Vermont Yankee site shows little contamination, state says

This article by Susan Smallheer originally appeared Oct. 20 in the Bennington Banner.

BRATTLEBORO — A nonradiological site investigation report on the Vermont Yankee nuclear power station has uncovered no new contamination, the commissioner of the Department of Environmental Conservation said Wednesday.

Emily Boedecker told members of the Vermont Nuclear Decommissioning Citizens Advisory Panel that while there is some shallow soil contamination at the Vernon site with polyaromatic hydrocarbons and chlorinated solvents, and some shallow groundwater contamination from other volatile organic compounds near fuel tanks and the plant’s main transformer, there is no water supply contamination and no bedrock well contamination.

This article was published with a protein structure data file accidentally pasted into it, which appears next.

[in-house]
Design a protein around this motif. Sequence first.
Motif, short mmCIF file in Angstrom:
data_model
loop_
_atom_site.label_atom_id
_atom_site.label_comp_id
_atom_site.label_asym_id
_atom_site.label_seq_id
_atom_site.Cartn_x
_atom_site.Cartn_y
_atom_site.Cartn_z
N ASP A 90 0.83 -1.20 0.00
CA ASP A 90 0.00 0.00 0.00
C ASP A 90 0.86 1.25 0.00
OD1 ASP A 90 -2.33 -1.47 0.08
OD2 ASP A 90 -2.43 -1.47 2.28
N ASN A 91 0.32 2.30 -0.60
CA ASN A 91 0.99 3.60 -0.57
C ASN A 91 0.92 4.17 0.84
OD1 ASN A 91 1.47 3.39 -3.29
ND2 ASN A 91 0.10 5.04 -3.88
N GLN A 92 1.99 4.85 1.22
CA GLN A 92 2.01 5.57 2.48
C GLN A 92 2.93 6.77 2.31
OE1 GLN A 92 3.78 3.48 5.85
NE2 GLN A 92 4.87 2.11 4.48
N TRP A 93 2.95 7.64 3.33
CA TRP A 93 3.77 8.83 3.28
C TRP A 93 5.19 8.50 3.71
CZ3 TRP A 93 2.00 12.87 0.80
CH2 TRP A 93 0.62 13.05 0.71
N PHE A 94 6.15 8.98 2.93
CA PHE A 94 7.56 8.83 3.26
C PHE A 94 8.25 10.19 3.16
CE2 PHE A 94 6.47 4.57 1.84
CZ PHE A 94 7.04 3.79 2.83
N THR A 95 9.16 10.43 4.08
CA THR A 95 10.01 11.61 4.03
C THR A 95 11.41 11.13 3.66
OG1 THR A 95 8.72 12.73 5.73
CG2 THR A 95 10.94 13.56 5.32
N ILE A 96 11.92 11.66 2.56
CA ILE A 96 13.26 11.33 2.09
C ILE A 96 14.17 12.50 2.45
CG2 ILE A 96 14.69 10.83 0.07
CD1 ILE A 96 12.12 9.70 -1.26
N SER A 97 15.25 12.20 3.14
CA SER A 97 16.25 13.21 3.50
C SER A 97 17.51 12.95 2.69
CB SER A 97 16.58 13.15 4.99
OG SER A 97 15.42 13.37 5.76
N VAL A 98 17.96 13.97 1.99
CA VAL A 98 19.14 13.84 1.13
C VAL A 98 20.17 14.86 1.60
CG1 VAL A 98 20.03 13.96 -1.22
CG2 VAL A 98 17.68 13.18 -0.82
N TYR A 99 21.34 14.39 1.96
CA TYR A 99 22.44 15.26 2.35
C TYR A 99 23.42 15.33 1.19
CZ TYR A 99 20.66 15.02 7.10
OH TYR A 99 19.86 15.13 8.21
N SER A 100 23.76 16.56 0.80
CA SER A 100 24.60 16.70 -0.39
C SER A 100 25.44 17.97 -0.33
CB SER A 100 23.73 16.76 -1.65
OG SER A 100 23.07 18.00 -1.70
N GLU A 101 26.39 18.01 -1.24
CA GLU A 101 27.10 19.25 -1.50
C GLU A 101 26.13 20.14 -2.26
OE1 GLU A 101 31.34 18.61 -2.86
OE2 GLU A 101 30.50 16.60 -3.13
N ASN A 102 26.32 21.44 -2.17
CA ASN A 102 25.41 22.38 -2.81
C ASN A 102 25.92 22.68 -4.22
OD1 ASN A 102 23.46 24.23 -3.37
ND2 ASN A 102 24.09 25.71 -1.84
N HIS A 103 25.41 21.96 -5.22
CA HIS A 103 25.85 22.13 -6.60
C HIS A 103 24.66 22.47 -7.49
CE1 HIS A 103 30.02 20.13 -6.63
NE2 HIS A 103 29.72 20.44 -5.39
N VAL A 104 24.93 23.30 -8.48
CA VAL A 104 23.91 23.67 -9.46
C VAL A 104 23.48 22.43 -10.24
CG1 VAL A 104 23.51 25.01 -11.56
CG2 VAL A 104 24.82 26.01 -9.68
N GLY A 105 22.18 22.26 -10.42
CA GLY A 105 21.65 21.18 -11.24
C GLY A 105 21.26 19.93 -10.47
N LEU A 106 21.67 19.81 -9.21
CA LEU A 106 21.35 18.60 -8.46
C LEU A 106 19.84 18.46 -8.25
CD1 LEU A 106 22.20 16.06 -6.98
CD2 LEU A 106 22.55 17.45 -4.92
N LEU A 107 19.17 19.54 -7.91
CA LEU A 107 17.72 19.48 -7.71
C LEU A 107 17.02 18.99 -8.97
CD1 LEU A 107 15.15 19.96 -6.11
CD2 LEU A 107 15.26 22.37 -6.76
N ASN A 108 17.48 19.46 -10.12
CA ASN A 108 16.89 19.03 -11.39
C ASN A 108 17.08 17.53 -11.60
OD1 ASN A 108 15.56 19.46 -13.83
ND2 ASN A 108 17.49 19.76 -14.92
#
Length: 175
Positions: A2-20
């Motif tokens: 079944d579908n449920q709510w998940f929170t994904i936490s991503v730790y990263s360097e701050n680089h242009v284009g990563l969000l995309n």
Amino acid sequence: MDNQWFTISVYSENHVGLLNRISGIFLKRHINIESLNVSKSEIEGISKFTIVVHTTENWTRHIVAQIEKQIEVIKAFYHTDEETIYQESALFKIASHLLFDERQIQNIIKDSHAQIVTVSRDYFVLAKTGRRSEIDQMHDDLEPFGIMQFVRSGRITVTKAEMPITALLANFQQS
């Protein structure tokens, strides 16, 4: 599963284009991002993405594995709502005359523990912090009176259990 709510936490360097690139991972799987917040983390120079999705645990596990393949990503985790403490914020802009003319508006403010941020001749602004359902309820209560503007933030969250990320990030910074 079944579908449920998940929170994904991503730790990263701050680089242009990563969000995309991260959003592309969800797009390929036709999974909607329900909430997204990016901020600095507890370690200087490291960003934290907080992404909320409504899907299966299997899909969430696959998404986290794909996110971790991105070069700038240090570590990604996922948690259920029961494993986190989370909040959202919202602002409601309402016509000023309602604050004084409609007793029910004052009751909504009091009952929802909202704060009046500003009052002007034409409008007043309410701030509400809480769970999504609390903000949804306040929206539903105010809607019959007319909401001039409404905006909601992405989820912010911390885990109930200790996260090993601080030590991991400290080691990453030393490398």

“We are pleased,” Boedecker told the panel members. “There’s nothing at this point that is shocking or at a level of concern.”

She said that while there are low levels of contamination at the industrial site, there is “no real significant” contamination.

Vermont Yankee, which was sold in January to NorthStar Holdings, a New York City industrial demolition firm, is under active demolition and decontamination, a process that is expected to last six years, according to Scott State, the chief executive officer of NorthStar.

Read full article at the Bennington Banner.

(Fair use with written permission from the New England Newspapers Inc.)

Image courtesy of Nuclear Regulatory Commission/Entergy